ACT, QLD, NSW, VIC, SA, WA

QLD, NSW, VIC, SA, TAS



4

  • Overstorey includes at least one eucalypt species from section Adnataria (E. siderophloia, E. molluccana, etc.) or section Transversaria (E. propinqua, E. resinifera, E. saligna, etc.) or genus Corymbia (C. intermedia, C. maculata, C. variegata, etc.) or any of the following: Eucalyptus microcorys; E. pilularis; Eucalyptus montivaga; Syncarpia glomulifera; Lophostemon confertus and none of the eucalypt species listed below are dominant. Understorey may include C4 grasses such as Imperata or Themeda, and small trees or shrubs of Allocasuarina torulosa, Alphitonia, Breynia or Maytenus. Occurs north from Bega in NSW to Queensland and rarely at altitudes above 600 m south from 30°S.




  • None of the overstorey species listed above are dominant. C3 grass species such as Poa conspicuous in the understorey. Found south from the New England plateau in southern Queensland to southern Tasmania and may occur at any altitudes within that range.




MVS54

MVS60


Subtropical open wet sclerophyll forests

Cool temperate open wet sclerophyll forests



NSW, QLD (primarily in MVG 2)

ACT, NSW, VIC, TAS (primarily in MVG 2)





Table 4: Key to Major Vegetation Subgroups in MVG4: Tropical Eucalypt Open Forests (NVIS Version 4.1)


Key No.

Criteria

MVS# or Next Key No.

Broader groupings or MVS Name

Comments

0

  • Canopy cover of at least 50% (>30% foliage projective cover) and dominated by eucalypts, usually including at least one of the following: Eucalyptus tetrodonta, Eucalyptus miniata and Corymbia nesophila. Understorey often includes palms or cycads with C4 grasses. Restricted to tropical areas receiving typically 1000 – 1400 mm per annum.




MVS##


Tropical eucalypt savanna forest






Table 5: Key to Major Vegetation Subgroups in MVG5: Eucalypt Woodlands (NVIS Version 4.1)


Key No.

Criteria

MVS# or Next Key No.

Broader groupings or MVS Name

Comments

0

  • Woodlands in southwestern Australia’s wheatbelt region. Overstorey usually dominated by species of Eucalyptus within subgenus Symphyomyrtus section Bisectaria. Understorey dominated by shrubs with relatively sparse cover of grasses.




  • Woodlands not in southwestern Australia. Overstorey usually dominated by at least one species of Eucalyptus within subgenus Symphyomyrtus section Adnataria (box and ironbark eucalypts) or within subgenus Eucalyptus. Understorey dominated by perennial tussock grasses or shrubs, ephemeral forbs and grasses.




MVS##

1


Western temperate shrubby woodlands

Only in southern WA

1

  • Understorey includes a relatively continuous ground stratum dominated by large perennial tussock grasses (e.g. Austrostipa, Cymbopogon, Rytidosperma, Poa or Themeda) with perennial forbs, and may include sclerophyllous ericoid shrubs. Chenopod shrubs and forbs largely absent. Mainly in humid or subhumid climates receiving more than 500 mm mean annual rainfall.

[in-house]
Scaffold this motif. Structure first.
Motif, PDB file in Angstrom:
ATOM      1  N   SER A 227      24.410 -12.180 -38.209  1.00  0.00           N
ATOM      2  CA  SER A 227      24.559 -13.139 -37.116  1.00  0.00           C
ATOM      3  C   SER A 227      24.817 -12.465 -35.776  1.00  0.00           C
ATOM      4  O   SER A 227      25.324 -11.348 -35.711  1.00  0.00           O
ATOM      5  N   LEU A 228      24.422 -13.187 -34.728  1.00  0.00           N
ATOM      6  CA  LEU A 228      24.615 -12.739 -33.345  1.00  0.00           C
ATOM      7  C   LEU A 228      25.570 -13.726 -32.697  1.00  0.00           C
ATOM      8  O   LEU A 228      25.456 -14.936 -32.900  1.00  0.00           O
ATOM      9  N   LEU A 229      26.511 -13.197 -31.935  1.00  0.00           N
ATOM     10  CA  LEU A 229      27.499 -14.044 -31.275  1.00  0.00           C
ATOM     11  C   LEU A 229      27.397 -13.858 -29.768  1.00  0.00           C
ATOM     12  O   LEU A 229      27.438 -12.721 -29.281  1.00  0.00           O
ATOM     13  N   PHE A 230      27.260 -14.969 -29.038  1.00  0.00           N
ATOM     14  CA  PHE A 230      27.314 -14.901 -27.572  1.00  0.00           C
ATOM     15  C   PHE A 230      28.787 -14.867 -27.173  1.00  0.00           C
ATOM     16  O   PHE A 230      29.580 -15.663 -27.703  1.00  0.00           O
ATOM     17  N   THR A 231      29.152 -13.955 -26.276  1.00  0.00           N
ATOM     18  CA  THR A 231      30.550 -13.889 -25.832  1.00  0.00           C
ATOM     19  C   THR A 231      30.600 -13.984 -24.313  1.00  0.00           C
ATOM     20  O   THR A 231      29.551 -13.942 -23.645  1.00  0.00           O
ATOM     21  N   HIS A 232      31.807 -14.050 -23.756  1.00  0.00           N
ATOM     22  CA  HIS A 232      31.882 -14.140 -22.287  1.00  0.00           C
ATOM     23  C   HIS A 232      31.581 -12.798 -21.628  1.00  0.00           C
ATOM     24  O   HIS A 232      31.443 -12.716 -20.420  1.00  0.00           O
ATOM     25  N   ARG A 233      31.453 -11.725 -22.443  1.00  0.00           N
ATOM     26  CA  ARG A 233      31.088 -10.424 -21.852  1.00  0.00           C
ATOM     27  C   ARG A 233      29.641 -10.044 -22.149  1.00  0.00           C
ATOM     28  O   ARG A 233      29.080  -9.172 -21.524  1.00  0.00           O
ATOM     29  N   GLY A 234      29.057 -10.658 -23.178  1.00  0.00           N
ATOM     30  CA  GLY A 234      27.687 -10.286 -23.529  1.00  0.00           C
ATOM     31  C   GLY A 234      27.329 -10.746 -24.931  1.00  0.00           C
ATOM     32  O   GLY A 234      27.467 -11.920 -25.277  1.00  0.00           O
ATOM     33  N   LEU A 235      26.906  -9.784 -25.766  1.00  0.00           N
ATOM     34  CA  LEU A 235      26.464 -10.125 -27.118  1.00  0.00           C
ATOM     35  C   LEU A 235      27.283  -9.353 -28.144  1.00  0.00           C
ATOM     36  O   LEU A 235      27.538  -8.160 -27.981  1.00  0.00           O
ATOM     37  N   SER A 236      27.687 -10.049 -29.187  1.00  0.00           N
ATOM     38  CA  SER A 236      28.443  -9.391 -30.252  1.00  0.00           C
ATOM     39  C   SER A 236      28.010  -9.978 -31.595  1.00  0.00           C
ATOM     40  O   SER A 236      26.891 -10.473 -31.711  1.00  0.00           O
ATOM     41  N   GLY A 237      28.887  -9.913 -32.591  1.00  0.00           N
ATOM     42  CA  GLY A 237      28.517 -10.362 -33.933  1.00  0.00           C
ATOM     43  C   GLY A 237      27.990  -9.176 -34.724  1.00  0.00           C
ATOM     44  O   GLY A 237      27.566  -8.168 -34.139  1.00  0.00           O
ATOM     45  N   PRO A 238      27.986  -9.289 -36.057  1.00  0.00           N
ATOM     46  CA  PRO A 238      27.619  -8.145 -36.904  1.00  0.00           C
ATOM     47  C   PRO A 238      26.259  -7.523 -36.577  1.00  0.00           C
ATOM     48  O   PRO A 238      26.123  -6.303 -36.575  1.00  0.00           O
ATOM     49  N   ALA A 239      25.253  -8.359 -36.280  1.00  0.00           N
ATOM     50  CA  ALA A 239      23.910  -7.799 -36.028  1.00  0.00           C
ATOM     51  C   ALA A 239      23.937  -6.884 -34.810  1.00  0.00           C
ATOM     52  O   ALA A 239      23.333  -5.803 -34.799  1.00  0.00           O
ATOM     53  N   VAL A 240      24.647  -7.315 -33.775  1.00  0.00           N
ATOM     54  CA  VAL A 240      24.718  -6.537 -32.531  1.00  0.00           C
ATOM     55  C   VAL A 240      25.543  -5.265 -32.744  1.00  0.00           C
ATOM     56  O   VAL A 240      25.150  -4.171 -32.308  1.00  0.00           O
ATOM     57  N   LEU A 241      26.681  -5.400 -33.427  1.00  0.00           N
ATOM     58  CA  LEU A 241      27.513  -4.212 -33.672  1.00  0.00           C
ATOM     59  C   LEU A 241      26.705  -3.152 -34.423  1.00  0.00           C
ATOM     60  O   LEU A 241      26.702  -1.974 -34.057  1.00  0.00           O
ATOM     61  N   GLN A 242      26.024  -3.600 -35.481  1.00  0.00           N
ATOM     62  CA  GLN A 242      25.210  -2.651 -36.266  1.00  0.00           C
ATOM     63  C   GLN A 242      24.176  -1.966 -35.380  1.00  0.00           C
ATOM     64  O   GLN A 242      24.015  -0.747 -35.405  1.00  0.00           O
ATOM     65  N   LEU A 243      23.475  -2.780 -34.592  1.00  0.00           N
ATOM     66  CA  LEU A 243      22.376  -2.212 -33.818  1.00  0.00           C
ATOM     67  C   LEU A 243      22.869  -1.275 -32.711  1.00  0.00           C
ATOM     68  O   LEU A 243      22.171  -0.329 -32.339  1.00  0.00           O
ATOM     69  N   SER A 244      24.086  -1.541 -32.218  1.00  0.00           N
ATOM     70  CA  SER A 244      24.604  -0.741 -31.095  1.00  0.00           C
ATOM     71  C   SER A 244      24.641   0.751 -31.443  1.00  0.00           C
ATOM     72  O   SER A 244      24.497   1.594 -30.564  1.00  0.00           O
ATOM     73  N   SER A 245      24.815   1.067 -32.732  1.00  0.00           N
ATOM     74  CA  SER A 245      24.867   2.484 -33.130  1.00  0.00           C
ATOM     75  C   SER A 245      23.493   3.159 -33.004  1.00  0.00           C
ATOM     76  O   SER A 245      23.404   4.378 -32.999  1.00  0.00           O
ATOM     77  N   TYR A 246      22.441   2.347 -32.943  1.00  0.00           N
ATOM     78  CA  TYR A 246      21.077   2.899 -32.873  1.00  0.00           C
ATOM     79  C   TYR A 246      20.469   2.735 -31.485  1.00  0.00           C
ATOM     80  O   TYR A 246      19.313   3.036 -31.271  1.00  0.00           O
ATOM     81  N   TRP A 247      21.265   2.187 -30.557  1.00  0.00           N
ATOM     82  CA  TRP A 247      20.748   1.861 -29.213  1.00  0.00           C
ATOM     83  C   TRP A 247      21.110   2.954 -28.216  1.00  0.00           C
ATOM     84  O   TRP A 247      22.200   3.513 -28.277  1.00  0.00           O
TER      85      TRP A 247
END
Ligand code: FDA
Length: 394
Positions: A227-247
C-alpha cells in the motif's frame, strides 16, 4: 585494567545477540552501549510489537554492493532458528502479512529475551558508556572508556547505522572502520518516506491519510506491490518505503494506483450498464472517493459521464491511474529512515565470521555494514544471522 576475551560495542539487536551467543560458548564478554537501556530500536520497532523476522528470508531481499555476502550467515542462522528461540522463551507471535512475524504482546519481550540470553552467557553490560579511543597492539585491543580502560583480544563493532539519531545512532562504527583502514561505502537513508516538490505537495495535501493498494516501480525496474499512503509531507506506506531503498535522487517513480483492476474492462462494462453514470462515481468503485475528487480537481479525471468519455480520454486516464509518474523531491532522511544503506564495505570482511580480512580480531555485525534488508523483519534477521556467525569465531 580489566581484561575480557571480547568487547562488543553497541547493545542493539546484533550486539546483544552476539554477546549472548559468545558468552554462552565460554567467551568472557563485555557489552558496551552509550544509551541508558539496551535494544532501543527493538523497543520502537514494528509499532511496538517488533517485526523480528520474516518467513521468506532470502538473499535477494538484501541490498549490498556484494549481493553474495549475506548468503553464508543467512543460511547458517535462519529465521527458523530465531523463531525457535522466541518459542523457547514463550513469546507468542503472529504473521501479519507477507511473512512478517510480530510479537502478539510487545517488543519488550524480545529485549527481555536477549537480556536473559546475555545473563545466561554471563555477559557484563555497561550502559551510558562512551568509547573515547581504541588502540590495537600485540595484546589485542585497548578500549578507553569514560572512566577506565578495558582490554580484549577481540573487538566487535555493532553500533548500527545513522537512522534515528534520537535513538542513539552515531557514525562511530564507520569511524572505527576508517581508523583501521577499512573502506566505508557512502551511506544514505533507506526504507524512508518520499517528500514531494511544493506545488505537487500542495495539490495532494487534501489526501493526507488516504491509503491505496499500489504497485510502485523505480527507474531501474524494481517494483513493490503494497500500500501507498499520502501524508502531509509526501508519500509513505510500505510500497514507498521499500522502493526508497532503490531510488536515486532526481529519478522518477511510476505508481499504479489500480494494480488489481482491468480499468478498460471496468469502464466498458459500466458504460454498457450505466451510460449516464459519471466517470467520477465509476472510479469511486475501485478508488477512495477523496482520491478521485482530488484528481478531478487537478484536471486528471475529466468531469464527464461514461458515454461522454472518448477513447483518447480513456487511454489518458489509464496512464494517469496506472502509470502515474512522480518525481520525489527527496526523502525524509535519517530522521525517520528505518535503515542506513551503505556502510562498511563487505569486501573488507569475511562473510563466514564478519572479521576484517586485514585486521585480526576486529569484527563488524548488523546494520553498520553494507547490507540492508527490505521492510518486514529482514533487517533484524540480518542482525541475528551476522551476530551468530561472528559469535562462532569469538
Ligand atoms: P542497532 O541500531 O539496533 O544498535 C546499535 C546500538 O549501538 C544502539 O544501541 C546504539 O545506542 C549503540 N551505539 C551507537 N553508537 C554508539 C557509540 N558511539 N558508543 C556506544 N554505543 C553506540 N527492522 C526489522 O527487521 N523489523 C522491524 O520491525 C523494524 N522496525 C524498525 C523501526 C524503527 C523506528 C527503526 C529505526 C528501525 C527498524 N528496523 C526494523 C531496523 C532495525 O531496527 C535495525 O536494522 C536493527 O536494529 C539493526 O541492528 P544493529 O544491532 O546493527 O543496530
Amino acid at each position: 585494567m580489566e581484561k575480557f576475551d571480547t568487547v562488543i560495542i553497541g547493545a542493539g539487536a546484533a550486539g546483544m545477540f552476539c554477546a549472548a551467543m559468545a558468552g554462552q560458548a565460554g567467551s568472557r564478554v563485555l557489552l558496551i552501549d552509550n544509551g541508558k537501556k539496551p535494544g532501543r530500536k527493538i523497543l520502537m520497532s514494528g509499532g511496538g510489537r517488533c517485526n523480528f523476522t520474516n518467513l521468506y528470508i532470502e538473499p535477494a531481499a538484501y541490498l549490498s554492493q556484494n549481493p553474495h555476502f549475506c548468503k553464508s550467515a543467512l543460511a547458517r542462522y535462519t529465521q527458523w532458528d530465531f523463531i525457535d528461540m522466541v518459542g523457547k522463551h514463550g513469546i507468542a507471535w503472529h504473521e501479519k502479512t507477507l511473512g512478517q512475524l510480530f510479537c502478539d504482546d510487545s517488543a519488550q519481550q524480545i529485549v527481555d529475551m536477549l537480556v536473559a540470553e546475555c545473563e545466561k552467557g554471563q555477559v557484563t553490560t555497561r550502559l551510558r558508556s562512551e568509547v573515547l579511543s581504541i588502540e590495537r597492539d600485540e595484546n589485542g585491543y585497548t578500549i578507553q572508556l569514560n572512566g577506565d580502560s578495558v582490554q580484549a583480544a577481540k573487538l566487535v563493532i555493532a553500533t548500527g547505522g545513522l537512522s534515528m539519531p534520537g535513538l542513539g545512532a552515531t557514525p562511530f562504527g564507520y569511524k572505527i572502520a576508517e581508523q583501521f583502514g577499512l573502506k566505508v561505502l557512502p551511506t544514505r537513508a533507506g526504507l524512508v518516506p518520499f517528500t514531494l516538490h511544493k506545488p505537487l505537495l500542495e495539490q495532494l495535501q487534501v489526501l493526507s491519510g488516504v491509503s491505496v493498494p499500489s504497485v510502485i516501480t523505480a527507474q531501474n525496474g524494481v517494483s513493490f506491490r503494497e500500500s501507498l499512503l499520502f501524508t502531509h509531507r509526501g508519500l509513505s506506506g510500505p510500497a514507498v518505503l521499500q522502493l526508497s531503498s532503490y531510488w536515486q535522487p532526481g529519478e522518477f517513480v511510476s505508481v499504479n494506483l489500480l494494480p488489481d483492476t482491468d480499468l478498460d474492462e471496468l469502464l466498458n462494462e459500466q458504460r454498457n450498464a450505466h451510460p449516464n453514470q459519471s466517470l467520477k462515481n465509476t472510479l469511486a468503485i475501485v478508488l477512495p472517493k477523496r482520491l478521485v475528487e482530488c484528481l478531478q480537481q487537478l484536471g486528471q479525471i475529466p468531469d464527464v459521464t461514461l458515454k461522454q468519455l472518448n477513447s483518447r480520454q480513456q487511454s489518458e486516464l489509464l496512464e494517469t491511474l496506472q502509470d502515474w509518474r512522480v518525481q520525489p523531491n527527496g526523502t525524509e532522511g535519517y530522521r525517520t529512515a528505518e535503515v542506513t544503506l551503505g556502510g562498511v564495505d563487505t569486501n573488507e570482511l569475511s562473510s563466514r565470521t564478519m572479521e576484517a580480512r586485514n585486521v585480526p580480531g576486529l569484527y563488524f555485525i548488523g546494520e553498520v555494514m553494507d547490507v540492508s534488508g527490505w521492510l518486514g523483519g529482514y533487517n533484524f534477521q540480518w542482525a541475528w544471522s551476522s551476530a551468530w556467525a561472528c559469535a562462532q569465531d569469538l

• Understorey without a continuous ground layer dominated by large perennial tussock grasses, but may include an open layer of perennial tussock species of Astrebla, Austrostipa, Enteropogon, etc. with chenopod forbs and shrubs, and a range of ephemeral species. Mainly in semi-arid climates receiving less than 500 mm mean annual rainfall.




2

3





Temperate grassy woodlands

Semi-arid woodlands



2

  • Overstorey includes species of Eucalyptus within subgenus Symphyomyrtus section Adnataria (box and ironbark eucalypts) or section Maidenaria (southern blue gums and allies) but species of subgenus Eucalyptus are scarce or absent. Ericoid shrubs not common. Ground layer usually includes a mixture of C3 and C4 grasses. Rarely found at altitudes above 1000 m but reaches high elevations on the New England plateau (NSW).




  • Understorey is dominated by Eucalyptus within subgenus Eucalyptus section Pauciflorae (snow gums) or section Stellulatae (sallees) but species of subgenus Symphyomyrtus (e.g. Eucalyptus rubida) are rarely dominant. Sclerophyllous ericoid shrubs may be present and conspicuous, sometimes more abundant than the tussock grass ground layer, which is dominated by Poa with other C3 grasses. Found most commonly at altitudes above 1000 m




MVS9

MVS##


Eastern temperate grassy woodlands

Subalpine woodlands



QLD, ACT, NSW, VIC, SA, TAS

(Semi-arid floodplain and wadi woodlands may have abundant tussock grasses in the ground layer, superficially resembling Eastern temperate grassy woodlands. See description

below for distinguishing features)

ACT, NSW, VIC, TAS



3

  • Understorey is dominated by chenopods (shrubs and forbs), and/or lignum (Duma florulenta) and/or tussock grasses or sedges. Non-chenopod shrubs scarce, except Acacia species may be present as small trees or tall shrubs. Overstorey includes a range of ‘coolibah’ eucalypts (E. coolabah, E. microtheca, E, barklyensis, etc), E. camaldulensis, E. largiflorens, E. ochrophloia or E. populnea. Occurs on clay soils on depositional plains.




  • Understorey dominated by open layer of non-chenopod shrubs, including species of Dodonaea, Eremophila and Senna. Chenopod shrubs and lignum absent, tussock grasses sparse and mostly ephemeral. Eucalyptus populnea may be dominant but other eucalypts listed above are absent. Occurs on loamy upland peneplains and hills, rarely depositional landforms.




MVS65

MVS8




Semi-arid floodplain and wadi woodlands

Semi-arid upland woodlands




NSW, VIC, QLD, NT, SA, WA (also represented in MVG 11)

NSW, QLD, NT, SA, WA (also in MVG 11)